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Skaldic Poetry of the Scandinavian Middle Ages

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Gamli kanóki (Gamlkan)

12th century; volume 7; ed. Katrina Attwood;

1. Harmsól (Has) - 65

Skj info: Gamli kanóki, Islandsk gejstlig og skjald, 12. årh. (AI, 561-72, BI, 547-65).

Skj poems:
1. Jóansdrápa
2. Harmsól

Gamli kanóki ‘canon Gamli’ (where the name Gamli, ‘the old one’ may itself be a nickname) is best known as the author of the poem Harmsól ‘Sun of Sorrow’, which is explicitly ascribed to him in a marginal note at the beginning of the poem on fol. 12r, l. 42 of the sole surviving ms., AM 757 a 4° (B): Harmsol er gamle orti kanokeHarmsól, which canon Gamli composed’. Gamli is also mentioned by name in Jóns saga postula (Jón4), where the author of the prose text prefaces the quotation of four sts from Gamli’s Jónsdrápa with the information: Annan mann til óðgirðar signaðum Johanni nefnum vér Gamla kanunk austr í Þykkvabœ, hann orti drápu dyrligum Johanni ‘As the second man to have composed a poem to blessed John we [I] name canon Gamli in the east at Þykkvabœr, he composed a drápa to S. John’ (Jón4 1874, 510). In a remark before the fourth st. Gamli is referred to as bróðir Gamli ‘Brother Gamli’ (Jón4 1874, 511). Þykkvabœr was an Augustinian monastery in south-eastern Iceland founded in 1168; Gamli was thus an Augustinian canon (or canon regular) of this community. His floruit can be inferred from the date of the foundation of Þykkvabœr as being in the mid- to late C12th.

file 2006-12-15 - Gamli kanoki w. MCR corrections

Harmsól (‘Sun of Sorrow’) — Gamlkan HasVII

Katrina Attwood 2007, ‘ Gamli kanóki, Harmsól’ in Margaret Clunies Ross (ed.), Poetry on Christian Subjects. Skaldic Poetry of the Scandinavian Middle Ages 7. Turnhout: Brepols, pp. 70-132. <> (accessed 23 January 2022)

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Skj: Gamli kanóki: 2. Harmsól, „er gamle orti kanoke“ (AI, 562-72, BI, 548-65)

SkP info: VII, 78-80

old edition introduction edition manuscripts transcriptions concordance search files

7 — Gamlkan Has 7VII

edition interactive full text transcriptions old edition references concordance


Cite as: Katrina Attwood (ed.) 2007, ‘Gamli kanóki, Harmsól 7’ in Margaret Clunies Ross (ed.), Poetry on Christian Subjects. Skaldic Poetry of the Scandinavian Middle Ages 7. Turnhout: Brepols, pp. 78-80.

Ungr vǫndumk ek, yngvi,
opt djarf*liga at hvarfa,
(lítt gáðak þá) þjóðar,
(þín) ept vilja mínum.
Enn snørak jafnan inni,
illt ráð þás mik villti,
dýrðhittandi dróttinn
dáðrakkr, við þér hnakka.

{Yngvi þjóðar}, ungr vǫndumk ek opt djarf*liga at hvarfa ept mínum vilja; gáðak þá þín lítt. Enn snørak jafnan inni hnakka við þér, dáðrakkr dýrðhittandi dróttinn, þás illt ráð villti mik.

{Prince of the people} [= God], as a young man I often presumptuously developed the habit of wandering according to my desire; I paid you little heed then. Further I always turned my back on you inwardly, deed-bold, glory-finding Lord, when evil counsel led my heart astray.

Mss: B(12v), 399a-bˣ

Readings: [2] djarf*liga: ‘erfilega’ B;    hvarfa: hverfa B    [3] gáðak (‘gáði ek’): so 399a‑bˣ, ‘ga[...]ek’ B, ‘ga(...)æk’(?) BRydberg, ‘ga(da) ek’(?) BFJ    [5] inni: so 399a‑bˣ, ‘[...]ne’ B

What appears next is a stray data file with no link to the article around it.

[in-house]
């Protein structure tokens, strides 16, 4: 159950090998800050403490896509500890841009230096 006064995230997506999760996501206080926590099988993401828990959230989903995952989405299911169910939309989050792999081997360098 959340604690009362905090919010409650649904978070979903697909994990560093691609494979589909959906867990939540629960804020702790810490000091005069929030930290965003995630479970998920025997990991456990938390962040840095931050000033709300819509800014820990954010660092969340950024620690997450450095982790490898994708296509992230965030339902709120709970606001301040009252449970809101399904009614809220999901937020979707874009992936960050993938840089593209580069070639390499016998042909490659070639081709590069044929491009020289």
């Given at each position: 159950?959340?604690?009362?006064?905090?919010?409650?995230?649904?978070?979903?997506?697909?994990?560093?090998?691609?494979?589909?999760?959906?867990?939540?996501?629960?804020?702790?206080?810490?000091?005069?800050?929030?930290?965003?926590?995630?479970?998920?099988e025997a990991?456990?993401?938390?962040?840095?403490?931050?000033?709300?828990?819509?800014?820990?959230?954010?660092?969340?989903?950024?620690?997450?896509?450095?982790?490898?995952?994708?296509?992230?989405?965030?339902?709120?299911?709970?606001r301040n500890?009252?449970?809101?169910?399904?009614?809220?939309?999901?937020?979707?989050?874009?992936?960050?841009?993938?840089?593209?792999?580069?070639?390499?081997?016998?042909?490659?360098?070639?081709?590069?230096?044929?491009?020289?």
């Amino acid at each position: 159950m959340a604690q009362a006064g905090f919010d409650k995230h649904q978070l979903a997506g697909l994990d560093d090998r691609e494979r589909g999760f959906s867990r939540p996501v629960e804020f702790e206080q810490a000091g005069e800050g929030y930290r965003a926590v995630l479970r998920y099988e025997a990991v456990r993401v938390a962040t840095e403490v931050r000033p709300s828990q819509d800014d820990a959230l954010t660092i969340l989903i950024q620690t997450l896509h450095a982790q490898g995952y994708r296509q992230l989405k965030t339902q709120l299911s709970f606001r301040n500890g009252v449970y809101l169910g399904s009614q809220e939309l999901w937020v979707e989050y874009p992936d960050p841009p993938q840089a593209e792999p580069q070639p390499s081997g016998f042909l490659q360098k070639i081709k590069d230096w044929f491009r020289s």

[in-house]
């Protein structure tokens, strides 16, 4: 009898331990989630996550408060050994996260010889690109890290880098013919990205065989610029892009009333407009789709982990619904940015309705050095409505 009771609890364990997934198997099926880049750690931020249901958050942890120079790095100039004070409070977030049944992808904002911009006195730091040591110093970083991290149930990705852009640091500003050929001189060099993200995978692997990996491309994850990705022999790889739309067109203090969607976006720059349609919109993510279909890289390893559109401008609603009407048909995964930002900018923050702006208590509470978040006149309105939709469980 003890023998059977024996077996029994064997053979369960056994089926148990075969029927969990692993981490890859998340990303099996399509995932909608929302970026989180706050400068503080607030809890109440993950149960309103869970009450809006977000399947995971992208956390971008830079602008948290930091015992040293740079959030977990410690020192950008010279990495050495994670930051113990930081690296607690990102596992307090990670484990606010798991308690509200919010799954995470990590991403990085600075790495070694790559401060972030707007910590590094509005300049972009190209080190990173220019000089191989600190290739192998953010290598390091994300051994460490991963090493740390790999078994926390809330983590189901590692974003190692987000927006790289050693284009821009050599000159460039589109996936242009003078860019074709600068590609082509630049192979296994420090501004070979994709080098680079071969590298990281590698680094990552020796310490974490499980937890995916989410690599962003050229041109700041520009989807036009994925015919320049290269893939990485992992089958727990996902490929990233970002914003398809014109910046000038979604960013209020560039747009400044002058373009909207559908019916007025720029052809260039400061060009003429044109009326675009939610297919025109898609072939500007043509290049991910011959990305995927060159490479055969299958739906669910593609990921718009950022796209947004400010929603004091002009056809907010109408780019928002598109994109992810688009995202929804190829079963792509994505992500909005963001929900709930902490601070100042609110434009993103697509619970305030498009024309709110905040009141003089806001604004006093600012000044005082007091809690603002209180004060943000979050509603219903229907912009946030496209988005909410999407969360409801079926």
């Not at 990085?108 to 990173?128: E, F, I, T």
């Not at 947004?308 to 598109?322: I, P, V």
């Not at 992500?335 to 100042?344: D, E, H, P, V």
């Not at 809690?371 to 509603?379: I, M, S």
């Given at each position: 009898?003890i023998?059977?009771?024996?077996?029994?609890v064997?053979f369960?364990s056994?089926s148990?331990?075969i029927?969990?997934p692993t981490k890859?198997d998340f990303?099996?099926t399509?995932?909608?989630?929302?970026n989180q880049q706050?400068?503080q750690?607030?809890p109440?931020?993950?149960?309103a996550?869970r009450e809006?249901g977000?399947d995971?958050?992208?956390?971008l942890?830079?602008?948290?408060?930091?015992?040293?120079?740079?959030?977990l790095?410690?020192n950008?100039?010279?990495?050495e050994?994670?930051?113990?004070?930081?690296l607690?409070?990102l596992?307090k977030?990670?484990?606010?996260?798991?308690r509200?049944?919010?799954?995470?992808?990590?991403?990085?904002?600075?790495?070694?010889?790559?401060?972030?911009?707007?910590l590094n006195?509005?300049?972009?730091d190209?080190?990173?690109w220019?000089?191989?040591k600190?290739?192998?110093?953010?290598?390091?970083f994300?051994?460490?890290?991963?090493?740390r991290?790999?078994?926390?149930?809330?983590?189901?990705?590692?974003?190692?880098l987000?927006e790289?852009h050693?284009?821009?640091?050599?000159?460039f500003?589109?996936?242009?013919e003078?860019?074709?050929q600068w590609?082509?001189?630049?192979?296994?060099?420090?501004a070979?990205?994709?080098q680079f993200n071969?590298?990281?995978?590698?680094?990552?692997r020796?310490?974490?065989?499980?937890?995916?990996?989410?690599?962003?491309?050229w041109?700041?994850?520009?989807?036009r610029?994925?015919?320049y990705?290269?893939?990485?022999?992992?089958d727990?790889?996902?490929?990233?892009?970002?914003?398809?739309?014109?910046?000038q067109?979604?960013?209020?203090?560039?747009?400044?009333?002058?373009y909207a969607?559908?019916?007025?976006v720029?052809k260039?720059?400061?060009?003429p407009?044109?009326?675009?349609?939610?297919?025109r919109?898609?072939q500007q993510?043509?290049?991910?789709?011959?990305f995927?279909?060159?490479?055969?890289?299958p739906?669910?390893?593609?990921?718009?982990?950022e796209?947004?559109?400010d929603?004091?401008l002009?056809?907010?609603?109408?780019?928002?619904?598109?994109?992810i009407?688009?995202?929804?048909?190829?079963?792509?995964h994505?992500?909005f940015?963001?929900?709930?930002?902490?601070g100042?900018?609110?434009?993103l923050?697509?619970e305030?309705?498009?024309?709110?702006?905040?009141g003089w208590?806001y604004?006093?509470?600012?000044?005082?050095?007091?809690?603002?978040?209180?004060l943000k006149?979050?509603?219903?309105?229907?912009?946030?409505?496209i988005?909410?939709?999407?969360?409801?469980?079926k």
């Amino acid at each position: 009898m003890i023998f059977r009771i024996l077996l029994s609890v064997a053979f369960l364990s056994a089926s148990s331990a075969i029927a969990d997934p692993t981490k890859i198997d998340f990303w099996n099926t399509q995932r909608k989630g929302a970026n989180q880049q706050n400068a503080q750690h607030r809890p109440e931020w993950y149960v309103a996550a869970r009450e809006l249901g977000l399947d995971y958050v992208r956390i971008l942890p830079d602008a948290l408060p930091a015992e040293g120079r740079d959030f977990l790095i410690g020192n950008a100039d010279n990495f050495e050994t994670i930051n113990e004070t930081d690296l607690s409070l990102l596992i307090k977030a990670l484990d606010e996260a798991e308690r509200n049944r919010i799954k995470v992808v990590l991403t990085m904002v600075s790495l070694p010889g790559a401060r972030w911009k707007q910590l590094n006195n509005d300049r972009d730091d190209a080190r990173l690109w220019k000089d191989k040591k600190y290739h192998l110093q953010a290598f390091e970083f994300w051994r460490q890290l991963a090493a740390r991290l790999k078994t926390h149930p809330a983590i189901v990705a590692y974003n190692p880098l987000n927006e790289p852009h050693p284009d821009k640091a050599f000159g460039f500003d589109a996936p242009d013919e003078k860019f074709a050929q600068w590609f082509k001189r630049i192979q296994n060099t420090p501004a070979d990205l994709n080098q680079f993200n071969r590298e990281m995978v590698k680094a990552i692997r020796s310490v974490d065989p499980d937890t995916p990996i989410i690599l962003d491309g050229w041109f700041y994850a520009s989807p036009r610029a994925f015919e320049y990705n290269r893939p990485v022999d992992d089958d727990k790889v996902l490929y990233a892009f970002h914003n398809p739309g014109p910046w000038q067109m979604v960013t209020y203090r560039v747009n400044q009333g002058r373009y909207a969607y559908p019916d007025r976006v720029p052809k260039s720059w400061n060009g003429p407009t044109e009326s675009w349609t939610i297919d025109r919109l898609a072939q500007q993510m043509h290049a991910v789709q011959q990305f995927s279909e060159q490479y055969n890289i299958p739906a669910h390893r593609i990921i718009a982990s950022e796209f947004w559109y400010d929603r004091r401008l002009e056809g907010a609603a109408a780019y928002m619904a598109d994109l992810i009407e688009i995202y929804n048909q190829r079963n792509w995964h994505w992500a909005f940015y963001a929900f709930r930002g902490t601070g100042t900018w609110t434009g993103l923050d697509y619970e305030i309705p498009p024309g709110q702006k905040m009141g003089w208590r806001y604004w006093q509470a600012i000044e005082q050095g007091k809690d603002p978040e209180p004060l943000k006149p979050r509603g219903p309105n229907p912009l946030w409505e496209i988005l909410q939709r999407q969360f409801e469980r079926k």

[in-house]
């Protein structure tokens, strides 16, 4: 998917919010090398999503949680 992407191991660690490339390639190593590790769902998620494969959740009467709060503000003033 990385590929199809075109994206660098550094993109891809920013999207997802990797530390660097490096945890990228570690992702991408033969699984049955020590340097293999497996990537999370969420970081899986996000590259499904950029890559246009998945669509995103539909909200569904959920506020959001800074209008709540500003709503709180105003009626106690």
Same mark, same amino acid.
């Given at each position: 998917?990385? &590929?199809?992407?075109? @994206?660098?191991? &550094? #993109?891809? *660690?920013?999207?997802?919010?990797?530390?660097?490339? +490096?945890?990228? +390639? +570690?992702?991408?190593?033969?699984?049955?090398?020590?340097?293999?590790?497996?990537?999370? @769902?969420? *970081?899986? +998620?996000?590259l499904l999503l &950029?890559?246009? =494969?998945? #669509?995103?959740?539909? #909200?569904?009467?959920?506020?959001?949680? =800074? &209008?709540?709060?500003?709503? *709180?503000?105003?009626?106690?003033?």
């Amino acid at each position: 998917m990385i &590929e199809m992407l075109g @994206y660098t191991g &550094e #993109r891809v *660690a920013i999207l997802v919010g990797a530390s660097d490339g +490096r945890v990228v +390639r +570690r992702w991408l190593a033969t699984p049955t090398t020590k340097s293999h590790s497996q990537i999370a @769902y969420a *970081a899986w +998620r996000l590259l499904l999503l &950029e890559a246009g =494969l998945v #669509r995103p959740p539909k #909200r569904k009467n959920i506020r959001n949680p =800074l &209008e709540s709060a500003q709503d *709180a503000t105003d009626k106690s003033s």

Editions: Skj: Gamli kanóki, 2. Harmsól 7: AI, 563, BI, 550, Skald I, 267, NN §2928; Sveinbjörn Egilsson 1844, 15, Kempff 1867, 2, Rydberg 1907, 21, Jón Helgason 1935-6, 253-4, Black 1971, 153, Attwood 1996a, 223.

Notes: [All]: Repentance for sins committed in youth is a common feature of biblical confessions. Job, for example, mentions the possibility that his sufferings are intended as a punishment for youthful sins: scribis enim contra me amaritudines et consumere me vis peccatis adulescentiae meae ‘for thou writest bitter things against me, and wilt consume me for the sins of my youth’ (Job XIII.26). Perhaps a more likely source for Gamli’s inspiration is the Penitential Psalm XXIV, which contains the verse delicta iuventutis meae et ignorantias meas ne memineris secundum misericordiam tuam memento mei tu; propter bonitatem tuam Domine ‘the sins of my youth and my ignorances do not remember. According to thy mercy remember thou me: for thy goodness’ sake, O Lord’ (Ps. XXIV.7). — [1] yngvi: B’s text reads ‘yng’ with a superscript ‘i’ above the ‘g’, which may be understood as either yngvi or yngri. Finnur Jónsson (Skj A) understood it as yngvi, which makes sense in context, while Sveinbjörn Egilsson read yngri, which he emended to yngvi (note in 444ˣ and 1844 edn). — [2] djarf*liga ‘boldly, presumptuously’: It is not possible to make sense of B’s reading opt erfiliga ‘often with difficulty’ in this context, and various suggestions for emendation have been made. Finnur Jónsson modifies Sveinbjörn Egilsson’s ofderfilega (1844, adopted by Kempff 1867, 2) to ofderfil*a, hap. leg., which he glosses dristigt ‘boldly, audaciously’ (LP). Kock (NN §2928) suggests ofherfliga ‘very wickedly’, comparing Gamli’s confession of sinful behaviour in 53/3-4 þótt atferðin ór yrði stórum herfilig ‘even though my behaviour were to become very shameful’. Jón Helgason (1935-6, 253-4) observes that the poet often uses phrases with opt, and suggests a further emendation of Finnur’s text to opt derfila ‘often presumptuously’. Since derfila is not otherwise attested, he makes two alternative suggestions: óþerfila ‘useless, inconvenient’ and opt djarfliga ‘often presumptuously’. Although emendation to opt djarfliga necessitates a further emendation, to hvarfa, to satisfy the aðalhending in l. 2, this edn, with Black (1971, 154), follows Jón’s suggestion, on the ground that it preserves B’s opt. — [7] dýrðhittandi dróttinn ‘glory-finding Lord’: Cf. Anon Pl 18/1, where the epithet dýrðhittir ‘glory-finder’, used of Plácitus, alliterates with dróttinn. Although neither dýrðhittir nor dýrðhittandi is attested elsewhere, LP: dýrðhittir compares dáðhittir ‘finder of [good] deeds’, which is used of Bishop Páll Jónsson by ÁmÁrn Lv 3/1IV (see also Attwood 1996b, 227). Once again, the alliteration is with dróttinn. With Finnur Jónsson (Skj B), Kock (NN §2929), Kempff (1867, 26), Rydberg (1907, xxvi) and Sveinbjǫrn Egilsson (444ˣ) this edn takes dýrðhittandi as adjectival, paralleling dáðrakkr and qualifying dróttinn. Jón Helgason (1935-6, 254) objects to this interpretation on the grounds that dýrðhittir is not ‘a suitable expression’ for God and that, in Pl, the epithet denotes Plácitus, not God. Jón therefore emends dróttinn to drótta, gen. pl. of drótt ‘people, company’, asserting that dróttinn is a straightforward scribal error. Dýrðhittandi drótta is understood to mean ‘people who attain blessedness’, and is construed with an emended sinnir in l. 5, to give the God-kenning dáðrakkr sinnir dýrðhittandi drótta ‘valiant helper of men who are striving for glory’. Jón has, however, overlooked the epithet dýrðargjarn ‘glory-eager’ (st. 34/4), which is an exact parallel for dýrðhittandi.